Comment № 23 / 29.03.2019

Paul Hansbury


At first blush, the UK remains committed to working within existing security structures in eastern Europe. As a member of NATO, the UK will continue cooperation with the six Eastern Partner states through the alliance’s Partnership for Peace programme; particularly with Azerbaijan and Moldova, which have Individual Partnership Action Plans, and Georgia. The British government continues to believe that peace and security in eastern Europe can be achieved through shared values of democracy, liberal markets, and human rights.

However, there may well be a shift in emphasis for the six states in their dealings with both Britain and the EU. At present, the UK is the third largest contributor to the EU budget behind only Germany and France and the loss of UK funds is likely to impact Brussels’ values-based foreign policy. While the UK appears keen to retain crucial security and intelligence cooperation with Brussels, there will presumably be breaks with the EU’s policies and this will weaken the EU’s approach to some degree.

A weakened hand for the EU in the region will surely be welcomed by Russia. The EU and Russia have seldom seen eye-to-eye when it comes to the ‘inbetweener’ states and signs of a divided approach to the region among Western allies will be viewed as an opportunity to reassert Moscow’s role. This will alarm pro-Westerners in the states concerned. This shouldn’t be interpreted to imply any Russian designs in getting us to this point: while there is some evidence that Russia-based actors sought to influence the Brexit referendum, it is doubtful they had any appreciable impact on the outcome. Nor should it be interpreted to mean that either the EU or UK will abandon the region; the UK is keen to continue supporting stability and reform in Ukraine. 


The six Eastern Partner states may look upon Brexit as an opportunity to increase trade with either the UK or the EU. Both depend on Brexit results; this will determine the opportunities available to others. Most obviously, a so-called ‘soft’ Brexit whereby the UK remains within the customs union would remove the space for the UK to conclude trade deals with third states. One might argue that a ‘hard’ Brexit creates the space for deals with the Eastern Partners. However, the fact remains that the UK’s priority will almost certainly still be a trade deal with the EU.

Talks with the EU would predominate Britain’s agenda in the event of a ‘no-deal’ Brexit. Perhaps even more so than they would with a formal withdrawal agreement in place, since the impact of broken trade ties will be felt sooner. That means that, even without a withdrawal agreement, something akin to a ‘soft’ Brexit could still prove the long-term outcome. Current trade between Britain and the six Eastern Partners is modest and shows potential for some growth. The largest economy of the six, Ukraine, had total exports to the UK in 2017 of only $501m (compared to $4.25bn of export trade with Russia despite the dire state of bilateral relations). For Belarus and Moldova, export trade to the UK is relatively more substantial. In 2017 Belarus exports to the UK comprised over 8% of its total export trade, amounting to $2.4bn, yet a whopping 93% of exports were refined petroleum. Ongoing frictions between Belarus and Russia – where the oil is extracted – are far more relevant than Brexit here.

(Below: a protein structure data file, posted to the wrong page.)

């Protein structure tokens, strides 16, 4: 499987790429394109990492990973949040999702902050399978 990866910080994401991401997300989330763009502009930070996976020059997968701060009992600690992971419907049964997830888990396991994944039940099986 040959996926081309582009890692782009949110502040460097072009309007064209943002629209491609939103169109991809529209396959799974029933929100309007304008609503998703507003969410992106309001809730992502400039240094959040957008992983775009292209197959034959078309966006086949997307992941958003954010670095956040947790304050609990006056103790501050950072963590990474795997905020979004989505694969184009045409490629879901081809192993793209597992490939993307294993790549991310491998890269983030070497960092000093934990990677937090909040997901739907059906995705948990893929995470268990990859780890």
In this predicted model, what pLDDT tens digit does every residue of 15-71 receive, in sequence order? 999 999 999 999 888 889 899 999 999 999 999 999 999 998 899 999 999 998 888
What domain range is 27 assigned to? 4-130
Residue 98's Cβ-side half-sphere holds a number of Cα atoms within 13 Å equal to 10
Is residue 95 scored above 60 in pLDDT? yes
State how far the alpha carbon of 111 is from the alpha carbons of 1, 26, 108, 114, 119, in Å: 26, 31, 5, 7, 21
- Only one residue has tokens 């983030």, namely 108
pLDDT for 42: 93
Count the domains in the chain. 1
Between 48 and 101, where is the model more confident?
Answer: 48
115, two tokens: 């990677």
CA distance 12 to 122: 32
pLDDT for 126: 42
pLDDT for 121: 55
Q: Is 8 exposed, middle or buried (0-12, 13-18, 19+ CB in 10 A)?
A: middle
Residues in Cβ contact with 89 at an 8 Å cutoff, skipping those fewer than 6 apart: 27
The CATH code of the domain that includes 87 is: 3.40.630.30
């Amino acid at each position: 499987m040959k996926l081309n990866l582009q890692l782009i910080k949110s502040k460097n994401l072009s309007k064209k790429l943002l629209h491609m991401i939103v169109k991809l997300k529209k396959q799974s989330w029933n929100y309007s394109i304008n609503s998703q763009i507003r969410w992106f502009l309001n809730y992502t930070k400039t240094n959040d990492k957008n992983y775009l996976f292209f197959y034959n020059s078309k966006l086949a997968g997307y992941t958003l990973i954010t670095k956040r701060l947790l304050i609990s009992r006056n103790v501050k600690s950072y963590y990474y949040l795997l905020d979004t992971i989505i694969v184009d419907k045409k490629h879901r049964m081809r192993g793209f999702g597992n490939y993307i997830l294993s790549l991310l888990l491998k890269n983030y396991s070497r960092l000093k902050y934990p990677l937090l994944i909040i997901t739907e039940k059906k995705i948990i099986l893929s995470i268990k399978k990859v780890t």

If the Eastern Partner states are proactive, they may win concessions from the UK while the latter negotiates with the EU over the future EU-UK trade relationship. Britain has so far managed to sign deals with only a handful of states and the urgency of a ‘no deal’ will weaken its negotiating position considerably. The six may also seek to substitute for UK trade lost by the EU, although there have been sticking points in the past. For example, Belarus’s efforts to sell foodstuffs into the EU market have run up against ostensibly non-convergent standards.

Quo vadis?

The main short- and long-term impacts of Brexit will be on the UK itself. The consequences may overwhelm the UK and deepen the country’s ongoing crisis. Brexit affects the balance of forces within the EU too, with the Franco-German relationship becoming more determinant than it has been in recent decades. It would seem that the implications for other states are fewer, but they could still be considerable in terms of both security and economics. I underscore the ‘could’ in that sentence: it is appropriate to sound a note of caution. As Yogi Berra, a baseball player for the New York Yankees, allegedly told us: ‘Making predictions is hard. Especially about the future.’


Paul Hansbury - Associate Fellow, Minsk Dialogue Track-II Initiative.


The publication is supported by the Belarus Office of Konrad-Adenauer-Stiftung (Germany).
The content of the publication represents the views of the author only.

Аналитическая записка подготовлена при поддержке
Фонда им. Конрада Аденауэра (Германия)